While the number of women in law schools now roughly equals the number of men, the same, unfortunately, does not hold true when it comes to women partners in law firms. The National Association for Law Placement reports that about 17 percent of partners at major law firms are women, up from 13 percent 10 years ago. While that’s progress, the numbers are not increasing as quickly as most of us would like.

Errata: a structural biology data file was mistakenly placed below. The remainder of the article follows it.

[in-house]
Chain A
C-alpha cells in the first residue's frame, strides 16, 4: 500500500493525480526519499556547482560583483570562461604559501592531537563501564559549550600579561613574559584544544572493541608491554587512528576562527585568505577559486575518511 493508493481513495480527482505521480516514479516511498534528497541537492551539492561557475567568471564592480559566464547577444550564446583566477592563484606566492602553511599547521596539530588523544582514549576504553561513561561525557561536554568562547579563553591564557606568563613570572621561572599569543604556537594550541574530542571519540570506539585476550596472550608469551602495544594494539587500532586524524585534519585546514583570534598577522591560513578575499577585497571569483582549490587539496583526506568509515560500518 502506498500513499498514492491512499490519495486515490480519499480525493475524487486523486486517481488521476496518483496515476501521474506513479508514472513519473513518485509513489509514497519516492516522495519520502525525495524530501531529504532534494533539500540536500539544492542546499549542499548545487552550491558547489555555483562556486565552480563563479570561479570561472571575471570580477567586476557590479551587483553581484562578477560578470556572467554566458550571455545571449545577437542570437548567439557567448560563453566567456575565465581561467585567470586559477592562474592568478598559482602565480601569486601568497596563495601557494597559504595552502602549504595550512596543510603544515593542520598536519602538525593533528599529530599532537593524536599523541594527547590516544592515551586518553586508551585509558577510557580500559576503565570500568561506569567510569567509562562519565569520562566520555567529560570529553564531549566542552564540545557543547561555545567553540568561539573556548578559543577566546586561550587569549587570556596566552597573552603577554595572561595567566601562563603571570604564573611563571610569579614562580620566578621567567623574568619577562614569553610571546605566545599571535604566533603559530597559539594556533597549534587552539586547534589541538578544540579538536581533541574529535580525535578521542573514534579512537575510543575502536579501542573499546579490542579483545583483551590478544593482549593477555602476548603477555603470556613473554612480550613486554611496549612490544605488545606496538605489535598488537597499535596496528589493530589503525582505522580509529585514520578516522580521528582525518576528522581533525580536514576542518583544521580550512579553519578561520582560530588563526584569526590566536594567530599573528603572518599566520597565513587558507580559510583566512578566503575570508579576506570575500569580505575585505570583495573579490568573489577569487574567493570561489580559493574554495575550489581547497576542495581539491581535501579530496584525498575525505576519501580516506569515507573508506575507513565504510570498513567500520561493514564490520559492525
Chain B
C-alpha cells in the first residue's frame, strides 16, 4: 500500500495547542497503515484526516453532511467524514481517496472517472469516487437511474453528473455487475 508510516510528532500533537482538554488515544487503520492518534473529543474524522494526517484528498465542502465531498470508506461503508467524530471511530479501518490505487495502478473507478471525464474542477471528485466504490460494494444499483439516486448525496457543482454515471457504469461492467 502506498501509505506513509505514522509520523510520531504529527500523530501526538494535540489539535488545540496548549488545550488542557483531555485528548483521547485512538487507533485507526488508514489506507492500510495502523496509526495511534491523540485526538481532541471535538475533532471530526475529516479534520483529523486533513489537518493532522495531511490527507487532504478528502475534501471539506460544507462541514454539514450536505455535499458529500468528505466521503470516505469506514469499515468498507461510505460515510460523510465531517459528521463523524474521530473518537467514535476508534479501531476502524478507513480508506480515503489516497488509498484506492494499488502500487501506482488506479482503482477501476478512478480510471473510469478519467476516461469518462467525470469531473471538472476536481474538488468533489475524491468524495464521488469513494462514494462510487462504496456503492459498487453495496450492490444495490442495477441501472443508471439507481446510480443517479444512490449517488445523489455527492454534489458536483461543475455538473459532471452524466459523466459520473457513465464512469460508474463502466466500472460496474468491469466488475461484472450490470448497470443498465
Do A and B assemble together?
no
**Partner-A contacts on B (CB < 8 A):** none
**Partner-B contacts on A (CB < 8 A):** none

Most law firms these days recognize the importance of recruiting and retaining top talent — regardless of gender — particularly in an increasingly competitive job market. Thus, the problem isn’t that law firms aren’t willing or eager to make their women lawyers partners — it’s that so many of the women leave before such promotions can even take place. Studies show that the number of first-year associates at major law firms is generally split evenly between women and men. But beginning in the fourth or fifth year, women depart law firms in greater numbers than men, leaving fewer of them in the partnership pool.

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